On September 22, the National Bank of Ukraine (NBU) adopted Resolution No. 591, which introduced significant changes to the Foreign Exchange Transaction Rules for Ukrainian banks.
In addition to restrictions applied to foreign exchange purchases by individuals, the resolution, directly or indirectly, has had an impact on many Ukrainian business sectors and on foreign companies in Ukraine cooperating with foreign partners. Ukrainian IT companies cooperating with foreign customers, contractors, or owners have been concerned, too.
Although these measures were adopted for a limited period of time – due to expire in the next few days or weeks – there are reasons to believe that the NBU will prolong their effect. Let’s take a look at the most significant of them:
The following activities may not be undertaken on or before December 2, 2014:
- Payment of dividends to foreign investors. In fact, foreign owners of Ukrainian IT companies will be unable to receive dividends for the third quarter of 2014 before December 2.
The following activities may not be undertaken on or before November 21, 2014:
- The amount of foreign exchange proceeds subject to mandatory sale is reduced from 100% to 75%, enabling IT companies to reduce losses from foreign exchange differences in the event of payroll transactions and to keep part of their proceeds in foreign currency.
- The banks must sell this portion of foreign exchange earnings (75%), without an order by the customer, on the first working day following the date the funds are credited to the customer’s account. This approach will limit companies’ imports of foreign exchange proceeds to Ukraine.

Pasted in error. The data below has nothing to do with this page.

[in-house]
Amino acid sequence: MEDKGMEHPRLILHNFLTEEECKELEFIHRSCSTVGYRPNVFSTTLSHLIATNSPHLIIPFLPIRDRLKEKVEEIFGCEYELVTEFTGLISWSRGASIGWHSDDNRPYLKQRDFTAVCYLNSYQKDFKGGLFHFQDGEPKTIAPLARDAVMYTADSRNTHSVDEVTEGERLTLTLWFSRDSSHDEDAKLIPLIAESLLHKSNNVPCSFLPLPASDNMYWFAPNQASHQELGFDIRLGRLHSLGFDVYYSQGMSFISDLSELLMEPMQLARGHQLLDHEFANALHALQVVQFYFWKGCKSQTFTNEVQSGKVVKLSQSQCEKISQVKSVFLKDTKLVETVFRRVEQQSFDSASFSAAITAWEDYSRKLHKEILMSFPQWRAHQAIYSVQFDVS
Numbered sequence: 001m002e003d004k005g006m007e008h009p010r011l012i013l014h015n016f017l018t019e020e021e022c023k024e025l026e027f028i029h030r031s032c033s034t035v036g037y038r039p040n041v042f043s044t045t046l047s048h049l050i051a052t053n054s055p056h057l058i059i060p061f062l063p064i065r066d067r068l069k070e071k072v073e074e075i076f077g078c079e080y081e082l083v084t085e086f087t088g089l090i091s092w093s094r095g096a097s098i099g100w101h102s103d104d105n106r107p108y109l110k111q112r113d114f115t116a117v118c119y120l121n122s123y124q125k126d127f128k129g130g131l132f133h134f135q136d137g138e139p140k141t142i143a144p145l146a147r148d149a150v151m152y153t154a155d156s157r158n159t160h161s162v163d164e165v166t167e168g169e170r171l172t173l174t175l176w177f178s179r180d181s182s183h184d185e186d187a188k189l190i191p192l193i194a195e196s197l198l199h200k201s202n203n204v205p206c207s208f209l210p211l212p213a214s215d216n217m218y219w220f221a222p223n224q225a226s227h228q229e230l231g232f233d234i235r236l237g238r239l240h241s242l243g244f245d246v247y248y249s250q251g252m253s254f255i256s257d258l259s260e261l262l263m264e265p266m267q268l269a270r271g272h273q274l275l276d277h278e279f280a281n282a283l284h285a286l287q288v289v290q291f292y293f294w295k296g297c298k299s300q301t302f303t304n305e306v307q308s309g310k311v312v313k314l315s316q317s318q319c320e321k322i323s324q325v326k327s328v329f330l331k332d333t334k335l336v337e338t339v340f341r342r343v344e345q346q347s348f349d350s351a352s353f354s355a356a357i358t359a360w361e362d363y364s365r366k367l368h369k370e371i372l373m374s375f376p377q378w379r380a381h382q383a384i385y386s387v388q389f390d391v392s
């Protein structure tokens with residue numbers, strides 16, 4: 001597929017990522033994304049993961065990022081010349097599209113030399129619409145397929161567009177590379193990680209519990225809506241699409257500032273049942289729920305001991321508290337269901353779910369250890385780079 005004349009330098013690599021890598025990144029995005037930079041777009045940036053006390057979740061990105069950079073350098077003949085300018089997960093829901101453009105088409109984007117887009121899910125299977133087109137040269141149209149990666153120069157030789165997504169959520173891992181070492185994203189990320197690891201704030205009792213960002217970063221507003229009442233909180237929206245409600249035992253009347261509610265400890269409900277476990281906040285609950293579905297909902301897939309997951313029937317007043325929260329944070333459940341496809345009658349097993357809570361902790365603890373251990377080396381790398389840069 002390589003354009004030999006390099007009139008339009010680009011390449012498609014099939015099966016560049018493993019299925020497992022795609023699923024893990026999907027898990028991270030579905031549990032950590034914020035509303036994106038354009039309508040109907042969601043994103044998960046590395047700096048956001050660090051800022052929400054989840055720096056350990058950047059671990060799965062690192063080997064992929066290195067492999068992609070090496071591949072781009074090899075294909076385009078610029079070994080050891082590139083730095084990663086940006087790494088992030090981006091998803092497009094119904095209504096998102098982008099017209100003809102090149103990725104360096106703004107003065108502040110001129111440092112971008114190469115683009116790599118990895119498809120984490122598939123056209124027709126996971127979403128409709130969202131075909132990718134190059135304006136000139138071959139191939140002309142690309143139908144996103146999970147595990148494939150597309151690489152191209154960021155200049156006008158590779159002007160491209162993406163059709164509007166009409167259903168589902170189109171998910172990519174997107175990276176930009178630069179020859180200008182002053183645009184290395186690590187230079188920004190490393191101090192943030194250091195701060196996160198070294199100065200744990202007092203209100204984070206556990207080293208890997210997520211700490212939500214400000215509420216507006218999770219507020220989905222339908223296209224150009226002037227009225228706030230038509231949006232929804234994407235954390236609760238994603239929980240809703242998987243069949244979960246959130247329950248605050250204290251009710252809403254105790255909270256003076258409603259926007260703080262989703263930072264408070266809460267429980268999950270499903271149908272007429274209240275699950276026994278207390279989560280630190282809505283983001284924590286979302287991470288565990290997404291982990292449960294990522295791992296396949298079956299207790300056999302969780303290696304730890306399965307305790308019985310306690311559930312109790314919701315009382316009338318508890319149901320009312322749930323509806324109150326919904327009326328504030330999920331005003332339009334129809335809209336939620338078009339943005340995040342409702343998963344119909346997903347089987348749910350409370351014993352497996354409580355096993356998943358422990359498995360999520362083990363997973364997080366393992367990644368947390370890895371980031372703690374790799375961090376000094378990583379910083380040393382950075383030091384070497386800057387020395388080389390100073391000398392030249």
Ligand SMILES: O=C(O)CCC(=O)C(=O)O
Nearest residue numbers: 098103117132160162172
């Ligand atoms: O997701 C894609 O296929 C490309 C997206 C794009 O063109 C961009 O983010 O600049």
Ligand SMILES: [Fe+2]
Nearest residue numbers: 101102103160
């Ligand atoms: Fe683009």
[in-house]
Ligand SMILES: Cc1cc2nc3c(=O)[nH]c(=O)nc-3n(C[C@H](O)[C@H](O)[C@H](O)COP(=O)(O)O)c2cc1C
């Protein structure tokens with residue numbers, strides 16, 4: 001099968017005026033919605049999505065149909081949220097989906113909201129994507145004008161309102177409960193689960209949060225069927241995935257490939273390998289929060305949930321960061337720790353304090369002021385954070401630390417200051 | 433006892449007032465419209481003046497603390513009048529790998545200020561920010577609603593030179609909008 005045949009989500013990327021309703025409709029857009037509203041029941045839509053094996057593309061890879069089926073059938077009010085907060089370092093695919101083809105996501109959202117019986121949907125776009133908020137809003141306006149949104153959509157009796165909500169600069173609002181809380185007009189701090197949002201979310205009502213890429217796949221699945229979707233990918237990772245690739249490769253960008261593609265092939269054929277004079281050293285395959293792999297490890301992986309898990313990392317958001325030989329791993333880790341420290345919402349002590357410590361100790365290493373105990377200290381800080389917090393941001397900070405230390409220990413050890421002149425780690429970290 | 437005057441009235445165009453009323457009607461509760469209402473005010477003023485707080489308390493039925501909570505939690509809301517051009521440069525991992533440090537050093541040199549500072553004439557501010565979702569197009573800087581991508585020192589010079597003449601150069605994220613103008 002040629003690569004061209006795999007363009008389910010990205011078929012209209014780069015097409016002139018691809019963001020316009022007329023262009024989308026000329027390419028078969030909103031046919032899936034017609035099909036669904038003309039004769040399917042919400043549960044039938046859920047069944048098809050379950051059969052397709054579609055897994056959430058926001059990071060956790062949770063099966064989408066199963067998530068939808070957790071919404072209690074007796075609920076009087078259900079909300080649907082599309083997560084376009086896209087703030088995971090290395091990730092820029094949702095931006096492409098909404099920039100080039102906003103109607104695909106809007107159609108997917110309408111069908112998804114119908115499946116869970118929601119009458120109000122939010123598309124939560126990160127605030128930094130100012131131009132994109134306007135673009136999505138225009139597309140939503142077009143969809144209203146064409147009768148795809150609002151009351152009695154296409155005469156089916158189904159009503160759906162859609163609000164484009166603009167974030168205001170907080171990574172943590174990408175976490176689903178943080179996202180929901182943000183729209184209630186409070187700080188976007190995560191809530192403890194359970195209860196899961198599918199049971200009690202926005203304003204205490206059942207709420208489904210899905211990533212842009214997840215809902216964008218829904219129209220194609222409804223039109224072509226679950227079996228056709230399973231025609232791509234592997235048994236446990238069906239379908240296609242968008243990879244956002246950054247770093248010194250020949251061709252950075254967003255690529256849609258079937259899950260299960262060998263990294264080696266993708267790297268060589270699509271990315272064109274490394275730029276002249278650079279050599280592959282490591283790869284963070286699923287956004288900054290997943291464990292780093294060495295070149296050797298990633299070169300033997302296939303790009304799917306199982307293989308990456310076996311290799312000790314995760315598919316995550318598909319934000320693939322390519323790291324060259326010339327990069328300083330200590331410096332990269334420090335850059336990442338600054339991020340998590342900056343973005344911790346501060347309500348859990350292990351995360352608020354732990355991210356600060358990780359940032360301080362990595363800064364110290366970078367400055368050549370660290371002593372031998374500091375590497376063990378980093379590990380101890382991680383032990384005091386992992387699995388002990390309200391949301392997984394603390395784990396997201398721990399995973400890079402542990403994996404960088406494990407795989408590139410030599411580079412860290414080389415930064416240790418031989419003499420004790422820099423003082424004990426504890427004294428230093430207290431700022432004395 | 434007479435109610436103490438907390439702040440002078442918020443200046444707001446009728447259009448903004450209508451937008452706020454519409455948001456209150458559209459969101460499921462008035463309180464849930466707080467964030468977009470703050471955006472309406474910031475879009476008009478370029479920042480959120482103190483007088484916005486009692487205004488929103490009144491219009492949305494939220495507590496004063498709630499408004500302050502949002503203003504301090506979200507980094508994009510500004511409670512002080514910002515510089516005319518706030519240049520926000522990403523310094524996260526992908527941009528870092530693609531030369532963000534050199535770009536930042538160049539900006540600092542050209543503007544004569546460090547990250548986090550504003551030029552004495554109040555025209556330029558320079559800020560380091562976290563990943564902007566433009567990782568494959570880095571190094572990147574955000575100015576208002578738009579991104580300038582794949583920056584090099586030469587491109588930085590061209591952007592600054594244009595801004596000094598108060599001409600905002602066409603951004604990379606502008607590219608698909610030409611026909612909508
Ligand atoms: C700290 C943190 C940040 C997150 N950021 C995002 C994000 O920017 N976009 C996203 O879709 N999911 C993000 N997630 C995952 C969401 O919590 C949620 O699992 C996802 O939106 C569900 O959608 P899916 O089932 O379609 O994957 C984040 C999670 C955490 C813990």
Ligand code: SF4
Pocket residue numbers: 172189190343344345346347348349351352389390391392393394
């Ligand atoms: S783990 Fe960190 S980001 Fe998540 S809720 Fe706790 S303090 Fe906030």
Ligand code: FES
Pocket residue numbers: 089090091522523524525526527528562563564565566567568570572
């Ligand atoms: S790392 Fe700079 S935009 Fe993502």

- The NBU’s control has increased over foreign exchange transactions: from now on, the NBU may suspend risky transactions and require a set of supporting documents from the bank, which in turn is required to obtain said documents from the customer.
Impact on the ICT sector
When the CFO of a large international IТ company with business operations in Ukraine learned about new foreign exchange control changes introduced by the NBU, she, with characteristic impulsiveness, gave a clear and concise response, which included a swearword. As it turned out, the new restrictions on foreign exchange transactions did not have a catastrophic impact on the company’s business, as they applied only to a small number of transactions. But though the issue was resolved, it left, as they say, a bad taste in the mouths of her colleagues.
As a result of our experience dealing with companies operating in this sector, we can guess that innate caution, an entrepreneurial instinct, or painful past experiences have driven many companies to avoid (when possible) interactions with Ukraine’s financial system by importing foreign exchange proceeds and making payments to foreign contractors. However, the new restrictions make it difficult to carry out certain operations, and may drive a switch to electronic money.